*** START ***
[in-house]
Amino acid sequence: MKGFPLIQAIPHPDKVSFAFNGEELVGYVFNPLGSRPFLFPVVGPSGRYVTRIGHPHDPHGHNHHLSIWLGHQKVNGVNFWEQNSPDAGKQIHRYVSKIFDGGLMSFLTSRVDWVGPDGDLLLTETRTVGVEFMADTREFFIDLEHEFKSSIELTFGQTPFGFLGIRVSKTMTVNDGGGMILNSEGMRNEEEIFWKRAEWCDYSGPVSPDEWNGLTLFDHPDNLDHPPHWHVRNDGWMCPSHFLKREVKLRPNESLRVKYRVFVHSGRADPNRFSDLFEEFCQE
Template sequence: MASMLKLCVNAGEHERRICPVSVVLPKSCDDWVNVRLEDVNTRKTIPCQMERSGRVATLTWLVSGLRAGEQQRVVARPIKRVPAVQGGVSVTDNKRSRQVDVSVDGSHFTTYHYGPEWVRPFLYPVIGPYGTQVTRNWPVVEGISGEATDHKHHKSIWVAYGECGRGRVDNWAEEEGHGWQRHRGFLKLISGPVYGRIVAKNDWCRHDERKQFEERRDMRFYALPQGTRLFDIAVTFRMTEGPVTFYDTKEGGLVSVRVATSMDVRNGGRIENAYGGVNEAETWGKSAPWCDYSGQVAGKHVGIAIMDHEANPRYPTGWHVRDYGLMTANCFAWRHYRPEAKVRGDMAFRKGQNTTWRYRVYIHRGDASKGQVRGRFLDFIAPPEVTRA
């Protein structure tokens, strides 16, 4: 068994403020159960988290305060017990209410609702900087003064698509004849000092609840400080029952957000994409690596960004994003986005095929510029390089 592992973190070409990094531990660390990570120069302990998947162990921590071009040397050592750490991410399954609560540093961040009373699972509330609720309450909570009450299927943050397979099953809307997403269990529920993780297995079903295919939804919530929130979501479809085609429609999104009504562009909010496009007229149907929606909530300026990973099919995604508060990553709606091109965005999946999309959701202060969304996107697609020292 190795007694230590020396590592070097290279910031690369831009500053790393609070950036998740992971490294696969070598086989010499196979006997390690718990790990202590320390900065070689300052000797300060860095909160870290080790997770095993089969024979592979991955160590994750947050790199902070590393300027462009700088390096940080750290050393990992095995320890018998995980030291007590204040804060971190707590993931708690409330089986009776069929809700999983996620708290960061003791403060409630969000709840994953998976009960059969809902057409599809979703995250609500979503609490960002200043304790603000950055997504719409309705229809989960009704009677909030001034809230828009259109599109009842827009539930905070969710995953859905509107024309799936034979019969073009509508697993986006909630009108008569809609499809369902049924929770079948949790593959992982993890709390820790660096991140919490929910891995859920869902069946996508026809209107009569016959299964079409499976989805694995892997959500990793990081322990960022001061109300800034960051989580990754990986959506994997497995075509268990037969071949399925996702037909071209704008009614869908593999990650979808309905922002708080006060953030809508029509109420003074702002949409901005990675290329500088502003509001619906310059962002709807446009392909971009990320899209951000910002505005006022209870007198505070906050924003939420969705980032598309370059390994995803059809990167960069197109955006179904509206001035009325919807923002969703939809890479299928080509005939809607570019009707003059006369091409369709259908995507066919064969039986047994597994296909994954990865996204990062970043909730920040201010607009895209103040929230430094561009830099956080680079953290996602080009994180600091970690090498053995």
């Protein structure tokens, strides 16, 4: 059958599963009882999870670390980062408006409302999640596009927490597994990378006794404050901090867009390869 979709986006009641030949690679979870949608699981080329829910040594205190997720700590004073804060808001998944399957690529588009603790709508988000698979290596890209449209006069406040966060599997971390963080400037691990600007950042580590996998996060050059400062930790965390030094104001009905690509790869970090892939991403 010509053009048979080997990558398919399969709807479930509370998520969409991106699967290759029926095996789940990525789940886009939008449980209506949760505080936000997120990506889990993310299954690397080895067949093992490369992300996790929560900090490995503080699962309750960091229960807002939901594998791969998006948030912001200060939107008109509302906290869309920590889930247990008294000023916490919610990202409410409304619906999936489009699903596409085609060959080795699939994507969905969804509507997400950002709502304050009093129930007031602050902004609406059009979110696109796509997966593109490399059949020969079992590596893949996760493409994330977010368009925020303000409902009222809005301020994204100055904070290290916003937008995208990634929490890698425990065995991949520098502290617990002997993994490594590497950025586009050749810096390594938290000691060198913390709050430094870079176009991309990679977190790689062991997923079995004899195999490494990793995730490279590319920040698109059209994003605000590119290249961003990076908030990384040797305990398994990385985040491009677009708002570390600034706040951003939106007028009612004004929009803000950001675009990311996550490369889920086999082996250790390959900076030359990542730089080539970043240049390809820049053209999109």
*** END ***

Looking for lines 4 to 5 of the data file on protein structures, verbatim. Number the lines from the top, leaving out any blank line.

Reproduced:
């Protein structure tokens, strides 16, 4: 068994403020159960988290305060017990209410609702900087003064698509004849000092609840400080029952957000994409690596960004994003986005095929510029390089 592992973190070409990094531990660390990570120069302990998947162990921590071009040397050592750490991410399954609560540093961040009373699972509330609720309450909570009450299927943050397979099953809307997403269990529920993780297995079903295919939804919530929130979501479809085609429609999104009504562009909010496009007229149907929606909530300026990973099919995604508060990553709606091109965005999946999309959701202060969304996107697609020292 190795007694230590020396590592070097290279910031690369831009500053790393609070950036998740992971490294696969070598086989010499196979006997390690718990790990202590320390900065070689300052000797300060860095909160870290080790997770095993089969024979592979991955160590994750947050790199902070590393300027462009700088390096940080750290050393990992095995320890018998995980030291007590204040804060971190707590993931708690409330089986009776069929809700999983996620708290960061003791403060409630969000709840994953998976009960059969809902057409599809979703995250609500979503609490960002200043304790603000950055997504719409309705229809989960009704009677909030001034809230828009259109599109009842827009539930905070969710995953859905509107024309799936034979019969073009509508697993986006909630009108008569809609499809369902049924929770079948949790593959992982993890709390820790660096991140919490929910891995859920869902069946996508026809209107009569016959299964079409499976989805694995892997959500990793990081322990960022001061109300800034960051989580990754990986959506994997497995075509268990037969071949399925996702037909071209704008009614869908593999990650979808309905922002708080006060953030809508029509109420003074702002949409901005990675290329500088502003509001619906310059962002709807446009392909971009990320899209951000910002505005006022209870007198505070906050924003939420969705980032598309370059390994995803059809990167960069197109955006179904509206001035009325919807923002969703939809890479299928080509005939809607570019009707003059006369091409369709259908995507066919064969039986047994597994296909994954990865996204990062970043909730920040201010607009895209103040929230430094561009830099956080680079953290996602080009994180600091970690090498053995």
């Protein structure tokens, strides 16, 4: 059958599963009882999870670390980062408006409302999640596009927490597994990378006794404050901090867009390869 979709986006009641030949690679979870949608699981080329829910040594205190997720700590004073804060808001998944399957690529588009603790709508988000698979290596890209449209006069406040966060599997971390963080400037691990600007950042580590996998996060050059400062930790965390030094104001009905690509790869970090892939991403 010509053009048979080997990558398919399969709807479930509370998520969409991106699967290759029926095996789940990525789940886009939008449980209506949760505080936000997120990506889990993310299954690397080895067949093992490369992300996790929560900090490995503080699962309750960091229960807002939901594998791969998006948030912001200060939107008109509302906290869309920590889930247990008294000023916490919610990202409410409304619906999936489009699903596409085609060959080795699939994507969905969804509507997400950002709502304050009093129930007031602050902004609406059009979110696109796509997966593109490399059949020969079992590596893949996760493409994330977010368009925020303000409902009222809005301020994204100055904070290290916003937008995208990634929490890698425990065995991949520098502290617990002997993994490594590497950025586009050749810096390594938290000691060198913390709050430094870079176009991309990679977190790689062991997923079995004899195999490494990793995730490279590319920040698109059209994003605000590119290249961003990076908030990384040797305990398994990385985040491009677009708002570390600034706040951003939106007028009612004004929009803000950001675009990311996550490369889920086999082996250790390959900076030359990542730089080539970043240049390809820049053209999109």